The first man to walk on the moon, Neil Armstrong, has passed away at the age of 82. Armstrong was a part of a generation of astronauts that were attempting feats that had not been thought possible only a decade before. When President John F. Kennedy proclaimed that America would send a man to the moon by the end of the 1960s, NASA was still in its infancy and had just begun sending humans into space. Although Kennedy would not live to see the challenge met, America did beat the Russians to the moon on July 20, 1969. With Apollo 11, Armstrong became the first human being to step foot on a surface that was not Earth. It was a truly historic moment. Millions watched around the world as Armstrong famously said, “This is one small step for a man, one giant leap for mankind.”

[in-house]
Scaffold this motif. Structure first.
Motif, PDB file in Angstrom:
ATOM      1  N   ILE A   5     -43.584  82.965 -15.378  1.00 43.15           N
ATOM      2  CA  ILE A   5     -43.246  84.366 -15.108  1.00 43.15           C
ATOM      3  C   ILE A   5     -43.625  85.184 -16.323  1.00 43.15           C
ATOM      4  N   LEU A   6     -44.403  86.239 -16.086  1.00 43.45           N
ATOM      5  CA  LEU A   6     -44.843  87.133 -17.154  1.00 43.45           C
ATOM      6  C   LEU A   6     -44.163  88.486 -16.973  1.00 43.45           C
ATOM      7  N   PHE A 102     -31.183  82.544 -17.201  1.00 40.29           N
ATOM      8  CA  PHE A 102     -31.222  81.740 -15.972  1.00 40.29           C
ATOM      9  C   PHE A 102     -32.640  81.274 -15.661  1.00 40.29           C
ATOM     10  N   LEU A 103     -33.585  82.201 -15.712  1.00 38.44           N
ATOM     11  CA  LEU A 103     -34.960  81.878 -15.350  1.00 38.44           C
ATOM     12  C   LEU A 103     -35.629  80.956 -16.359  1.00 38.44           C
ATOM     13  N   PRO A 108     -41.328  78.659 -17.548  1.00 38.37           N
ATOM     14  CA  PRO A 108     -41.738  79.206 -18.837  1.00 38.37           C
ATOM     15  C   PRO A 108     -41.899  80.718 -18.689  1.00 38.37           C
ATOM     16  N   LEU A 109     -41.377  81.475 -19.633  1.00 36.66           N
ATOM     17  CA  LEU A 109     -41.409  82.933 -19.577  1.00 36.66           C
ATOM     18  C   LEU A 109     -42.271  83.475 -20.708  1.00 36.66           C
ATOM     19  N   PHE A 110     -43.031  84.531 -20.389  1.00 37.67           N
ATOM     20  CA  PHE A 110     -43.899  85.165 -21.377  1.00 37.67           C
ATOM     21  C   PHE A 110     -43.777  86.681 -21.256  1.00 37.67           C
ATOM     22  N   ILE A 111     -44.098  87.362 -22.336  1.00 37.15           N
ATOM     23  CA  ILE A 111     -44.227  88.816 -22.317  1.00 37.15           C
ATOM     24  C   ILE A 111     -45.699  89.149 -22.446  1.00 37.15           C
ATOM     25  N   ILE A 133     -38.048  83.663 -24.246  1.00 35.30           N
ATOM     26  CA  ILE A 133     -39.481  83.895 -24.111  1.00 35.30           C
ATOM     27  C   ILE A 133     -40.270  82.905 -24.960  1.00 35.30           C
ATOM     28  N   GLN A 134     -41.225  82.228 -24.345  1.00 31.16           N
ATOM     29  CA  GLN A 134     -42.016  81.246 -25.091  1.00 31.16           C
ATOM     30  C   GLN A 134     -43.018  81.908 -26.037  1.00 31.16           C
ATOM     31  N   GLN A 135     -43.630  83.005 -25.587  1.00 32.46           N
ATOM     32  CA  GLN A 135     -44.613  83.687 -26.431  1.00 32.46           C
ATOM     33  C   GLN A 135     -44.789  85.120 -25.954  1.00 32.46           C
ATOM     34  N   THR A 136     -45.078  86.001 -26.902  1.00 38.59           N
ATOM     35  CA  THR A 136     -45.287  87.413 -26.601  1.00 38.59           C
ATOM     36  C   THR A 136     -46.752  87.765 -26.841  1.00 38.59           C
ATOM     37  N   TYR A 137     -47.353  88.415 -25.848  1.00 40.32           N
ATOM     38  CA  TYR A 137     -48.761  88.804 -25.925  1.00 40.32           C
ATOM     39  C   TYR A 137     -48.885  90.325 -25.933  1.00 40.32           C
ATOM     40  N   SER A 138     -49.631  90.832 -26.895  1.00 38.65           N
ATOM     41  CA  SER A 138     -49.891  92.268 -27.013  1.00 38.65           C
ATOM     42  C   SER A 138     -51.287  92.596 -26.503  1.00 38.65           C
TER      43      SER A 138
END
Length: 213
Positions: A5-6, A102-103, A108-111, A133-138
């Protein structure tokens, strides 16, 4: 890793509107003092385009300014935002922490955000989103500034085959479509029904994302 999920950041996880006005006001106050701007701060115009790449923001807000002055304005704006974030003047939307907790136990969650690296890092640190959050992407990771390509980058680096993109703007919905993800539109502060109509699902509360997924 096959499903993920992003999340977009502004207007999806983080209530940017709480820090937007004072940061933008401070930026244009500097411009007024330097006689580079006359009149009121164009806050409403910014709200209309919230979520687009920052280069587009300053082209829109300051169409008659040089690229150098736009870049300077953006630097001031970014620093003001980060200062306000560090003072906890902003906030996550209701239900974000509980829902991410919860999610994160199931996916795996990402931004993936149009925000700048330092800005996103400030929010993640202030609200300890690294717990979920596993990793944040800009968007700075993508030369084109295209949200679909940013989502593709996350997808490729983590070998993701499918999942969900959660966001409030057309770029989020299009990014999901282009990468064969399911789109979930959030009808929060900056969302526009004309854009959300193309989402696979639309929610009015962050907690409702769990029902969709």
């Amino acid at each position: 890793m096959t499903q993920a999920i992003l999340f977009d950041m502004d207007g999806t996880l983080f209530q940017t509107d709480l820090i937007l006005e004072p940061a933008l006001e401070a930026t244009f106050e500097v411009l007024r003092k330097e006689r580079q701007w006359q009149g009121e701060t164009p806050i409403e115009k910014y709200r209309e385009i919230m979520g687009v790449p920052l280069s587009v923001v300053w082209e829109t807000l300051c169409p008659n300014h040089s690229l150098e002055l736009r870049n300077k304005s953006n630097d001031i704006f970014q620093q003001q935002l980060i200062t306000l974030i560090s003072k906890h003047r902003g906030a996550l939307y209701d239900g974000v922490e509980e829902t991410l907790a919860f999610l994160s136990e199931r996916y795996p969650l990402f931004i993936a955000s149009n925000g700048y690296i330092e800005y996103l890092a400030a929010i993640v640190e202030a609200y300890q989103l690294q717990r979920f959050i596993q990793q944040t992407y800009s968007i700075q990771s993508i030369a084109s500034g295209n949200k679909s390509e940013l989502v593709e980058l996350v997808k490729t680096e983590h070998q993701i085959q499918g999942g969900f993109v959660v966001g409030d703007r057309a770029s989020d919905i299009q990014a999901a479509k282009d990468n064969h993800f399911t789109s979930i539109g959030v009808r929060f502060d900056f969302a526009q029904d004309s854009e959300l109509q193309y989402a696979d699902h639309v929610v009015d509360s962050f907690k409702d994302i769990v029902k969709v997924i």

Those watching the broadcast on CBS, heard Walter Cronkite narrate the events as he too was in awe of the events he was witnessing. This broadcast has become one of the defining moments of the 20th century. It was on that night in 1969 when Armstrong’s immortality was assured.
Today, NASA no longer directs manned space missions, and it is not likely they will resume any time soon. A man has not walked on the surface of the Moon since 1972, but the images of Neil Armstrong and Buzz Aldrin’s Apollo 11 mission will remind us of what is possible when we try. When we work hard, we can accomplish anything, no matter how impossible it may seem. Neil Armstrong will always be a symbol for what the United States is capable of, and that is one hell of a legacy.